Thomson believes that, with the introduction of new AR technologies, the circle of life imitating art is complete. He believes it won’t be long before ads will tap into other features on a cellular phone, such as GPS systems, to tell consumers where the nearest store carrying Calvin Klein clothes can be found and inform them of timed specials.
“Linking to the sales and stores and those types of things, 10 years from now that is going to be expected,” Thomson said.
A spokesperson for Calvin Klein said the company decided to use AR technology to jump ahead of competitors and engage consumers in a new way.
The billboards follow a two-page AR advertisement that the company placed in men’s fashion magazine GQ in April. The advertisement, which ran in 12 countries including Canada, looked like any fashion ad to the naked eye. It featured a model with a large red “X” meant to denote the company’s new line of underwear, across one of the pages. However, when a cellphone camera was turned on the page, hidden code within the image allowed the screen on the phone to display a box that seemingly floated out of the image. Tilting the phone back and forth caused the box to roll around on the screen. Each side of the box had a different model, and tilting the phone on one side caused a video with that model to begin moving.
“We wanted to make a powerful statement,” Tom Murray, president and chief executive of Calvin Klein Inc., said in a statement about the ad campaign. “The resulting campaign is provocative, engaging and fun, and we feel that using innovative programs like these … will resonate successfully with our consumer globally.”
Calvin Klein may be among the first out the gate to use the new technology, but others are crafting similar campaigns.
According to studies released by Juniper Research, the AR market will be worth $732 million U.S. by 2014, a huge jump from less then $2 million U.S. today.
In less then four years, it is expected that more than 350 million cellular phones will be AR-enabled. Currently the iPhone and a handful of Android
cellphones, the operating system created by Google, are the only phones on the market capable of displaying AR ads.
It’s not just the advertising industry that is looking into using AR, though.
Greeting card giant Hallmark is releasing a line of AR-enabled cards that display special 3D animated images when viewed through a camera.
Irish startup iDisrupt has developed an AR app for iPhone that uses the camera to help a golfer find a lost ball. By moving the phone’s camera back and forth over the ground, the app will look for the golfer’s ball and highlight it on screen as soon as its found.
The Museum of London has released another AR app called Streetmuseum that leads people on a walk around the city. The app highlights various spots of interest and will overlay historical photographs over the area, showing users what that spot looked like in the past.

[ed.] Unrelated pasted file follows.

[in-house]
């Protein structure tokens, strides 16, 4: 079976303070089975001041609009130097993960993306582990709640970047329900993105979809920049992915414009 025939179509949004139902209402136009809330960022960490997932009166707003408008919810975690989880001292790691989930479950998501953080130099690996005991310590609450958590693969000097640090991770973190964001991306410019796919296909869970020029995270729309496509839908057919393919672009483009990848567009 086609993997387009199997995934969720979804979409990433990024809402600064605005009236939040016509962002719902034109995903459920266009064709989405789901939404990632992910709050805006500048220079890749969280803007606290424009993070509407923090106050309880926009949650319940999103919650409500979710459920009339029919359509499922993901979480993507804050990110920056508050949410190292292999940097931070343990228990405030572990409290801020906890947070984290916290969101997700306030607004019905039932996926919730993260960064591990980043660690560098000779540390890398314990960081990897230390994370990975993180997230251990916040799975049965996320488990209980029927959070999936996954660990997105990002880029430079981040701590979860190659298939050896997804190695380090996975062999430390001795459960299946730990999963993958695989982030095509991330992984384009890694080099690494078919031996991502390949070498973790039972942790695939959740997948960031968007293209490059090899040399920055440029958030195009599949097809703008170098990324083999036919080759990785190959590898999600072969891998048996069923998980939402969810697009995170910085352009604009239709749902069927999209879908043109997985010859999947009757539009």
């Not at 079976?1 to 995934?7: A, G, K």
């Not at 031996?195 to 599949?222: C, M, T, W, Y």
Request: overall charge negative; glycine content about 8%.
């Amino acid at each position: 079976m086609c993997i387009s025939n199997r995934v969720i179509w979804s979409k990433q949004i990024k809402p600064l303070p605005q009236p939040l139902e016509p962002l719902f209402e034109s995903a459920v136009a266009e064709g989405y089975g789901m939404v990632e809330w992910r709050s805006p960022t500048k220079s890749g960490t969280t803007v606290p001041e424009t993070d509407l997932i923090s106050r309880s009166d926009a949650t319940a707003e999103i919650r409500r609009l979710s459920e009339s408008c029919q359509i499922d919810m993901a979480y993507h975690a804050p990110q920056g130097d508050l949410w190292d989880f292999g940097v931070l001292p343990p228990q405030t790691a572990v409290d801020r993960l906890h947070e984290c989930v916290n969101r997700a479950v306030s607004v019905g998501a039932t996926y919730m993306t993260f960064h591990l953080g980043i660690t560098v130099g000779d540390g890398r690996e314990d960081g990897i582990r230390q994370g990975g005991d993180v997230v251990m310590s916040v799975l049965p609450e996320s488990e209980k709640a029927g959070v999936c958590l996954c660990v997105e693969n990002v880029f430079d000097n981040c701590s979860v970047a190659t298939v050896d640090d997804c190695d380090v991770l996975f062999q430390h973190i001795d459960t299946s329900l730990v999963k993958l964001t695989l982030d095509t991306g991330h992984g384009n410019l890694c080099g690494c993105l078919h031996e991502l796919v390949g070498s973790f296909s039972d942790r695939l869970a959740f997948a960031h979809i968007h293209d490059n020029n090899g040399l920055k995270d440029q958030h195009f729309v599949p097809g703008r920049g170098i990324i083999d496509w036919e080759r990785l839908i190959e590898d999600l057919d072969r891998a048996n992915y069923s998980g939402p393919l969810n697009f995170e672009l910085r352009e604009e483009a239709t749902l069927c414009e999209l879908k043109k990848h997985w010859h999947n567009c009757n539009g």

“To me, this is all really exciting,” said Anind Dey, assistant professor in the Human Computer Interaction Institute at Carnegie Mellon University in Pittsburgh. “I see a lot of work going on that is letting us do some really cool stuff that we couldn’t do before.”
Dey is one of the Carnegie Mellon researchers involved in creating an AR-enabled windshield that can map out the roadway during whiteout or extreme fog conditions, helping the driver stay on the road. The windshield can also highlight upcoming stop signs and changes in the speed limit and display it all on the windshield, using a laser projection display.
The project is being backed by General Motors Corp. Dey said the windshield could become a feature in commercial automobiles within the next six to eight years.
“People have been working on augmented reality since long before I got into it, but the challenge has always been that it cost too much,” Dey said.
“The combination of the drop in price and the miniaturization of the technology is leading to this huge growth in mobile augmented reality.”
Miscellaneous Tariff Bill
Manufacturers and apparel importers have both praised a new act which selectively reduces import tariffs to help
cut input costs for US companies.
The American Manufacturing Trade Action Coalition (AMTAC) and the American Apparel & Footwear Association
(AAFA) have found rare common ground in welcoming the passage of HR 4380, the US Manufacturing Enhancement Act.
The act, also known as the Miscellaneous Tariff Bill (MTB), combines dozens of individual bills that
temporarily suspend duties on certain imported goods.
The aim is to cut costs for US companies by reducing duty levels on materials either not made domestically, or
where there is no direct US competition.
AMTAC quoted as an example provisions for a significant reduction in costs associated with various synthetic,
acrylic and rayon staple fibres and filaments – a long-standing issue for US manufacturers.
The act, passed by the US House of Representatives, was given a swift passage since its predecessor had expired
on January 1, this year, leading to an increase in production costs for US companies emerging from
AMTAC executive director Auggie Tantillo described the MTB as “a vital cost reduction measure for many US
manufacturers that boosts jobs and domestic production”.
The AAFA calculates that nearly 50 provisions in the act will directly benefit the US textile, apparel and
“It is clear our economy is on the verge of recovery,” said AAFA president and CEO Kevin Burke.
“Opportunities stemming from the US Manufacturing Enhancement Act could be just the boost our economy needs
to start creating and sustaining jobs here at home, while providing cost-saving benefits to hard-working American